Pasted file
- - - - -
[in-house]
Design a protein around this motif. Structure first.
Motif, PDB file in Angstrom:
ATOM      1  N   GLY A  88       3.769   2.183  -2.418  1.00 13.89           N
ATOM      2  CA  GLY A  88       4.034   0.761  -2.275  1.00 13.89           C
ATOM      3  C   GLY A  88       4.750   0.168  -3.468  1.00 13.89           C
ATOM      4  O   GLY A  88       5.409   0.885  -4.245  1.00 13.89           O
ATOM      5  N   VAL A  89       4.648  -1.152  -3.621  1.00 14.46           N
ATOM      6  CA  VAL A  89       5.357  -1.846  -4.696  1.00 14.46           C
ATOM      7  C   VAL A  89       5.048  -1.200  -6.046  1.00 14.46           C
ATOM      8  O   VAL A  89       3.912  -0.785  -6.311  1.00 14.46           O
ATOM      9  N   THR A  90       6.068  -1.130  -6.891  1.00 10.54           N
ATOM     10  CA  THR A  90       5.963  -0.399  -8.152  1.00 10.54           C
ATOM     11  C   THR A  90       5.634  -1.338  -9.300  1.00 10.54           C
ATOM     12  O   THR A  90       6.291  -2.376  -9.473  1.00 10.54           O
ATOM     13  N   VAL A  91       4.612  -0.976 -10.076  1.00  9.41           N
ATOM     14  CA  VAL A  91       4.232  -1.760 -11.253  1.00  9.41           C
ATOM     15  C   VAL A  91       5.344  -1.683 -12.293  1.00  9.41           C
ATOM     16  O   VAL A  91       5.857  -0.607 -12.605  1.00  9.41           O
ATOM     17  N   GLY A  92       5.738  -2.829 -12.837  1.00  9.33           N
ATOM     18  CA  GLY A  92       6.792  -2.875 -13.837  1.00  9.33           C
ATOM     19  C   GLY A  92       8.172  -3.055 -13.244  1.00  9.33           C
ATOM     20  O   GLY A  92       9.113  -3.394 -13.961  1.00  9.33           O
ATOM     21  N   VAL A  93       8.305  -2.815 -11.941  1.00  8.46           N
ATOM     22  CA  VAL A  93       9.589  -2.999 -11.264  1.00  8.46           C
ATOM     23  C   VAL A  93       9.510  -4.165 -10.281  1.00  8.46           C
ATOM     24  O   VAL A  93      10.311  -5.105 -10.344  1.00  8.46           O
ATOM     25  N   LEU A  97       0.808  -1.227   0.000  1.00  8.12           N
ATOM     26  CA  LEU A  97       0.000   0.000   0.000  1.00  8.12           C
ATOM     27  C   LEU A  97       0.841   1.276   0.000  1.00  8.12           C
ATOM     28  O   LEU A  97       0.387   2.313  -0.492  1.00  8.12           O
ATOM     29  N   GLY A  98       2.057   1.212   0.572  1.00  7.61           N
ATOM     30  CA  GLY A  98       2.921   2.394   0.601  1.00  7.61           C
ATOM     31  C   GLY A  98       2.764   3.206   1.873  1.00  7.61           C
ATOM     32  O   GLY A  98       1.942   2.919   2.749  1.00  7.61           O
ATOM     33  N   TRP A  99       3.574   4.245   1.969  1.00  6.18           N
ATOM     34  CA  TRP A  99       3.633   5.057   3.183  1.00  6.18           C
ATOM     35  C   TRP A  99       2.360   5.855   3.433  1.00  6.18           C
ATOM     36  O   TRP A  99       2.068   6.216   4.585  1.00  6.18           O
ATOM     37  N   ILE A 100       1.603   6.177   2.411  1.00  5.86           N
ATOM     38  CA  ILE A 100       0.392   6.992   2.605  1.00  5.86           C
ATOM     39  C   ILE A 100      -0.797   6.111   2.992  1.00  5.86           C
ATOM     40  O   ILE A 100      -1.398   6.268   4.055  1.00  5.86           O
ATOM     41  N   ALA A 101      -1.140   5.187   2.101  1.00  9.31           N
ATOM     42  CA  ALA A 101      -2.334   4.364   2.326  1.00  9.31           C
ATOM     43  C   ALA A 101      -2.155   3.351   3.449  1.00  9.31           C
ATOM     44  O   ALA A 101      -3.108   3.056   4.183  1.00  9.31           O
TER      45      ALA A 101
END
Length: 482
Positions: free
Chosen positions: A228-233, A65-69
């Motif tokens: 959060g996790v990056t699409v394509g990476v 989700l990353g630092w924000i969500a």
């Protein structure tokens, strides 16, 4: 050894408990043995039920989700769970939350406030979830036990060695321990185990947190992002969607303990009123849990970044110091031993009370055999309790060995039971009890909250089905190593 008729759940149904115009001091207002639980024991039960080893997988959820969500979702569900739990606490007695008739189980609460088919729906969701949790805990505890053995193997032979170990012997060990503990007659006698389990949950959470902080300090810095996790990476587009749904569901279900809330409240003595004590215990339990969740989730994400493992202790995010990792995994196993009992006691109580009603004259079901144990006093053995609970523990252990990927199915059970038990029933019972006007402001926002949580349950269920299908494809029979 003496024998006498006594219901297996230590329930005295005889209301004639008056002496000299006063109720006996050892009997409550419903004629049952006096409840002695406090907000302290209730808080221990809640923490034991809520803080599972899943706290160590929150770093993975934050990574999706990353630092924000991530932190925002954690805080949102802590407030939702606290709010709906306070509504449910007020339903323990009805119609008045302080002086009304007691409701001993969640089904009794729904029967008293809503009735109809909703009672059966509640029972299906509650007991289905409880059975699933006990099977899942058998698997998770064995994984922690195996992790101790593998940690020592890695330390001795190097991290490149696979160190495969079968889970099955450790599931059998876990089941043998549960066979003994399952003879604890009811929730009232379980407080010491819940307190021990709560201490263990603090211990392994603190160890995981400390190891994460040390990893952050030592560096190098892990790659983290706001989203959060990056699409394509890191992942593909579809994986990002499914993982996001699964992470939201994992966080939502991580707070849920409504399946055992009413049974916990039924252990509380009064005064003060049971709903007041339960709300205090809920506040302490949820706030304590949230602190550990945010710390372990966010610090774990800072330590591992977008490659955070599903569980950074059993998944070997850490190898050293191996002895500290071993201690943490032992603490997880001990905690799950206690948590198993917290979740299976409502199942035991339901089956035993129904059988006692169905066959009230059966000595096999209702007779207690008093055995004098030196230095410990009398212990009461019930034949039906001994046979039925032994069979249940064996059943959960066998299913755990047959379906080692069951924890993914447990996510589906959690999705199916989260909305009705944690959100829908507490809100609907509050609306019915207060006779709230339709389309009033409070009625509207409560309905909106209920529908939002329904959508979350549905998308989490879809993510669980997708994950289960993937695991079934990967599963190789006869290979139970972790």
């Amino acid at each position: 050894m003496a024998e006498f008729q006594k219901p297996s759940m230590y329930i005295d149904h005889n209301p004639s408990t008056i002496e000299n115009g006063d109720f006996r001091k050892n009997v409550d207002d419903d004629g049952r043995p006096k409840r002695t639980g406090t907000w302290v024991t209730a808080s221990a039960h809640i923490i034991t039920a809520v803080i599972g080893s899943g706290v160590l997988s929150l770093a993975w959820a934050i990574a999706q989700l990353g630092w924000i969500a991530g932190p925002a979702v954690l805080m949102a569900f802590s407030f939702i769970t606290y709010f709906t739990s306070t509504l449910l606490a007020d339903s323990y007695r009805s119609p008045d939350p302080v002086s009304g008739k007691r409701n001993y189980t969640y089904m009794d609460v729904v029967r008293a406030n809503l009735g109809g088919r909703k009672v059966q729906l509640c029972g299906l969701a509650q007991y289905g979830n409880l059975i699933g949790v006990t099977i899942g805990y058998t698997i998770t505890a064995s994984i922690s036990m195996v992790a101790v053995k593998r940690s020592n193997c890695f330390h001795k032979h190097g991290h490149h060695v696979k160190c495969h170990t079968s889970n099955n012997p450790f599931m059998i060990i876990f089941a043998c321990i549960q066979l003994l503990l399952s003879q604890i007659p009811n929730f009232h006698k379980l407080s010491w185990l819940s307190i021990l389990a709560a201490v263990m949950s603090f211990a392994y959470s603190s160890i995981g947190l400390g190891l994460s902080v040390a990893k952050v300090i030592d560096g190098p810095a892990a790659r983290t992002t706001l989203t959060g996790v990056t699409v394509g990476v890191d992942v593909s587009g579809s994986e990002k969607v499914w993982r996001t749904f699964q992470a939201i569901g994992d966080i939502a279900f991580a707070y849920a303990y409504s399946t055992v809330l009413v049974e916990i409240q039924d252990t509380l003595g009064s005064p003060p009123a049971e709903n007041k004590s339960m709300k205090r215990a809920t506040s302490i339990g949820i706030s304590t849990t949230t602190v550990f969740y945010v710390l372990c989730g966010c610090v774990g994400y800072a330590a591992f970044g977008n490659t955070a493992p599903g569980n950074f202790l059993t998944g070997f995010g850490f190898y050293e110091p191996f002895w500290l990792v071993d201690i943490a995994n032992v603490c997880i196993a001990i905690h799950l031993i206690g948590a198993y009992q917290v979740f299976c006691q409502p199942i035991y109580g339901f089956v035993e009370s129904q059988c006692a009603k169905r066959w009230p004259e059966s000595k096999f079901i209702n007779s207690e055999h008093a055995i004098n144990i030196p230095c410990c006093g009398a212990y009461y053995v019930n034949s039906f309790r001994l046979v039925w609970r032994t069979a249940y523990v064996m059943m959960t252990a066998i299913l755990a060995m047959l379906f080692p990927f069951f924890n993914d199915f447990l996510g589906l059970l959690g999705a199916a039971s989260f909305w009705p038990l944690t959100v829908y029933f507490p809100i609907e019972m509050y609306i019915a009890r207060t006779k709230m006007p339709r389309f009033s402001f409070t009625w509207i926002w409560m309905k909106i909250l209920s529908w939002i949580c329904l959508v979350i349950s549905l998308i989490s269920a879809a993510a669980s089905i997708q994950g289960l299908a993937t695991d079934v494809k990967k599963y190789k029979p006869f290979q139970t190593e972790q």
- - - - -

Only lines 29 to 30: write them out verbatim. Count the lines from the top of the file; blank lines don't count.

ATOM     26  CA  LEU A  97       0.000   0.000   0.000  1.00  8.12           C
ATOM     27  C   LEU A  97       0.841   1.276   0.000  1.00  8.12           C